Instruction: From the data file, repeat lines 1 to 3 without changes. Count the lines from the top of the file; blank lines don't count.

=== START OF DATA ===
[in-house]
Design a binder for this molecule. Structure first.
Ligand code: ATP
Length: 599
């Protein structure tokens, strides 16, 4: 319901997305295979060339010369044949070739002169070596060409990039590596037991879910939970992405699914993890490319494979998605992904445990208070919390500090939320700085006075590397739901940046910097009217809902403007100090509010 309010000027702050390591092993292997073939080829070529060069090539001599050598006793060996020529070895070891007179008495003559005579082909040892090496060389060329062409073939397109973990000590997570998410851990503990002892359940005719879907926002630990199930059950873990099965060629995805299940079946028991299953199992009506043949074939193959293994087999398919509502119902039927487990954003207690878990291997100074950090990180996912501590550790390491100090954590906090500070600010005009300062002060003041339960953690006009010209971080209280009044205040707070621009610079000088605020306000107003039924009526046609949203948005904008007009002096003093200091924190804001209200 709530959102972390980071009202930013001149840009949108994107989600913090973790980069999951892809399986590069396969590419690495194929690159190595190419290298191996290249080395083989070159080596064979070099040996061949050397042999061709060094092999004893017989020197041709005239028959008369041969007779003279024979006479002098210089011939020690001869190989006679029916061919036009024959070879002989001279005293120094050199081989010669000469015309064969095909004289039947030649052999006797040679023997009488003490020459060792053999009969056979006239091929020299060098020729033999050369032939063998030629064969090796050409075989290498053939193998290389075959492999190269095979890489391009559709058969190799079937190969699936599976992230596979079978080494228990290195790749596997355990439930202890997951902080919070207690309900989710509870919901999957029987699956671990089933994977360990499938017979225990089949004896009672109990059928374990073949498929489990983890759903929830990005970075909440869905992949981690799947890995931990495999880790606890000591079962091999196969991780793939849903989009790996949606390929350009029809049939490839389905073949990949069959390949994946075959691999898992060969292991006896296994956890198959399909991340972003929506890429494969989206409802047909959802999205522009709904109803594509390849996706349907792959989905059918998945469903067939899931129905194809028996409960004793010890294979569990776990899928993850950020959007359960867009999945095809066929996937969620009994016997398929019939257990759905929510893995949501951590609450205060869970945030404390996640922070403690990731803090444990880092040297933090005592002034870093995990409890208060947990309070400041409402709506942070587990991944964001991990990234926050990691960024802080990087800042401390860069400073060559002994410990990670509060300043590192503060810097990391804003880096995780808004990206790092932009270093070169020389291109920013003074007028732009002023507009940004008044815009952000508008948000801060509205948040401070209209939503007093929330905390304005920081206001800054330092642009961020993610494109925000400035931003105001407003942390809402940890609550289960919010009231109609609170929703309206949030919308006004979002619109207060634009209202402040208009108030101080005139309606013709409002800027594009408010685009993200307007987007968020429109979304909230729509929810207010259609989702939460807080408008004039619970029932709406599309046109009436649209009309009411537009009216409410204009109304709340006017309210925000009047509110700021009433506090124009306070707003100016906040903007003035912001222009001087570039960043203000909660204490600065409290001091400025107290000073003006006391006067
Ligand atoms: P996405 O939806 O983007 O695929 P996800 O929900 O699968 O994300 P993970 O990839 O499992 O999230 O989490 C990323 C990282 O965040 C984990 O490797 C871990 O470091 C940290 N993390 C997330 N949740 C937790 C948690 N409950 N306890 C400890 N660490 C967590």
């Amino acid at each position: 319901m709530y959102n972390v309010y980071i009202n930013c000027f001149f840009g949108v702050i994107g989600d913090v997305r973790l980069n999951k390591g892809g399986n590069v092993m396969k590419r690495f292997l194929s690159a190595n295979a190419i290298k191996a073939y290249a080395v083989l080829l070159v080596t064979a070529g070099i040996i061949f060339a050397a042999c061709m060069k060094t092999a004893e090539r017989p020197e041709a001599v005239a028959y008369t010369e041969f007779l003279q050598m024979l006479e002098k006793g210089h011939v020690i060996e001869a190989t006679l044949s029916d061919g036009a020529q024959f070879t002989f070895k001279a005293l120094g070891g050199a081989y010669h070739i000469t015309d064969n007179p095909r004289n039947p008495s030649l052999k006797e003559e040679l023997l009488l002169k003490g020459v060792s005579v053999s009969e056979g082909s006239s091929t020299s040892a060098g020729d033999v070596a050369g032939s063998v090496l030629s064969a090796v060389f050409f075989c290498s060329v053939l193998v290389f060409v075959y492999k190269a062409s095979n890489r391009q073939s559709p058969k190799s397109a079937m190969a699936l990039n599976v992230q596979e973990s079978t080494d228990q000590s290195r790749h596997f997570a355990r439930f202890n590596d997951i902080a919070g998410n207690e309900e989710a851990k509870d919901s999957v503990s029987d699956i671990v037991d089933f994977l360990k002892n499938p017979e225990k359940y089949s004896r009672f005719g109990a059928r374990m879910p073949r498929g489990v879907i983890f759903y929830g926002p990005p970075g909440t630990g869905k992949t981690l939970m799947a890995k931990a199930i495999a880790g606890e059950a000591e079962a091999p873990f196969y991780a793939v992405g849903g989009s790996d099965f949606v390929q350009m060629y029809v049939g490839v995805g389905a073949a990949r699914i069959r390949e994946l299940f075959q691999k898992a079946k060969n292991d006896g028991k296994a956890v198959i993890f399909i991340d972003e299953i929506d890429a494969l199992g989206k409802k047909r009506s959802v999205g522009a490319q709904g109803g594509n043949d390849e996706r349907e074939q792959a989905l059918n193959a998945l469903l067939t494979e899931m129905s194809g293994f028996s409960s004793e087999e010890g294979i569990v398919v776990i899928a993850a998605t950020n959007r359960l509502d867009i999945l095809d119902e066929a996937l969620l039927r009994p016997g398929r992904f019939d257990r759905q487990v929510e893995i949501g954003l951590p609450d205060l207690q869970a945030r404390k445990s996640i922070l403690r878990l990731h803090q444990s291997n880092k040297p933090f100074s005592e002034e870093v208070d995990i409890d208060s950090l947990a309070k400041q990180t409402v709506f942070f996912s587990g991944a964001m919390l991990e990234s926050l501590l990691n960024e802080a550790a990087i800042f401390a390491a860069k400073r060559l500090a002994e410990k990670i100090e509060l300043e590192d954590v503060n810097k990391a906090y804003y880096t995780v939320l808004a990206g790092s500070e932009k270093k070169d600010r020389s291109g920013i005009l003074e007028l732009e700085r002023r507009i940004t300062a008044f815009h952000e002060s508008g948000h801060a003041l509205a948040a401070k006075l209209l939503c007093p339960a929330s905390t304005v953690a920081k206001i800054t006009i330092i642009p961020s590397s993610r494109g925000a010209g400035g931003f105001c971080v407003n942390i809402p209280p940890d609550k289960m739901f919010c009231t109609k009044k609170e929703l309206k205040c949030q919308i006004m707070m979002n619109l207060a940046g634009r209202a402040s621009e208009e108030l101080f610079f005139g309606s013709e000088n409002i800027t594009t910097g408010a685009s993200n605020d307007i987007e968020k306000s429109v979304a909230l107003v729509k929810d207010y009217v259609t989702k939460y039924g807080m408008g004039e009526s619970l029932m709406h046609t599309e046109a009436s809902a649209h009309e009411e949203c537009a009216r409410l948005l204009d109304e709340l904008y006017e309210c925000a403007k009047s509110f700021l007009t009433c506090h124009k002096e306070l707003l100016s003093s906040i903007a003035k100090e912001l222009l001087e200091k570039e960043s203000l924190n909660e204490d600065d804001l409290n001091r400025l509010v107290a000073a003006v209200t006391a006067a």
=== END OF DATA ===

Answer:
[in-house]
Design a binder for this molecule. Structure first.
Ligand code: ATP